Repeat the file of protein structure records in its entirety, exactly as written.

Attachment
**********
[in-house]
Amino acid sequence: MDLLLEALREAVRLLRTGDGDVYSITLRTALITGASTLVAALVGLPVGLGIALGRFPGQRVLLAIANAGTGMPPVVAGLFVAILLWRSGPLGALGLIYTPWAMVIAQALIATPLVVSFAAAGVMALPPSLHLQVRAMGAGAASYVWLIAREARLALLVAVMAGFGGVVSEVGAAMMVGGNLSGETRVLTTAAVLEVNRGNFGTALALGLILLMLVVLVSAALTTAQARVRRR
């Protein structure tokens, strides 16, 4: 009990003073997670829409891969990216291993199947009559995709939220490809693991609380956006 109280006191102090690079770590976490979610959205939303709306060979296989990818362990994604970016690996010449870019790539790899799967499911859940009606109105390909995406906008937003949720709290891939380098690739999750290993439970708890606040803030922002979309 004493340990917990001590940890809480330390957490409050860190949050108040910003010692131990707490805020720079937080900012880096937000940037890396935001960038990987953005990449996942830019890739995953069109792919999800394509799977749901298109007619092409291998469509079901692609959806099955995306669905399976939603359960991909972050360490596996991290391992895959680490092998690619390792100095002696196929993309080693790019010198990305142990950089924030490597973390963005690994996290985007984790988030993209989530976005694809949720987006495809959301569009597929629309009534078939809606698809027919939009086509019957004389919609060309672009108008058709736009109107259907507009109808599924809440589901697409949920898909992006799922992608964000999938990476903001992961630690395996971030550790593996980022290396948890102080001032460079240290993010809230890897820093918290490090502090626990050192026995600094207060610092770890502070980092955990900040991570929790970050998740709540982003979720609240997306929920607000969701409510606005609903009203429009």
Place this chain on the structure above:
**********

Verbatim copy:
[in-house]
Amino acid sequence: MDLLLEALREAVRLLRTGDGDVYSITLRTALITGASTLVAALVGLPVGLGIALGRFPGQRVLLAIANAGTGMPPVVAGLFVAILLWRSGPLGALGLIYTPWAMVIAQALIATPLVVSFAAAGVMALPPSLHLQVRAMGAGAASYVWLIAREARLALLVAVMAGFGGVVSEVGAAMMVGGNLSGETRVLTTAAVLEVNRGNFGTALALGLILLMLVVLVSAALTTAQARVRRR
């Protein structure tokens, strides 16, 4: 009990003073997670829409891969990216291993199947009559995709939220490809693991609380956006 109280006191102090690079770590976490979610959205939303709306060979296989990818362990994604970016690996010449870019790539790899799967499911859940009606109105390909995406906008937003949720709290891939380098690739999750290993439970708890606040803030922002979309 004493340990917990001590940890809480330390957490409050860190949050108040910003010692131990707490805020720079937080900012880096937000940037890396935001960038990987953005990449996942830019890739995953069109792919999800394509799977749901298109007619092409291998469509079901692609959806099955995306669905399976939603359960991909972050360490596996991290391992895959680490092998690619390792100095002696196929993309080693790019010198990305142990950089924030490597973390963005690994996290985007984790988030993209989530976005694809949720987006495809959301569009597929629309009534078939809606698809027919939009086509019957004389919609060309672009108008058709736009109107259907507009109808599924809440589901697409949920898909992006799922992608964000999938990476903001992961630690395996971030550790593996980022290396948890102080001032460079240290993010809230890897820093918290490090502090626990050192026995600094207060610092770890502070980092955990900040991570929790970050998740709540982003979720609240997306929920607000969701409510606005609903009203429009």
Place this chain on the structure above: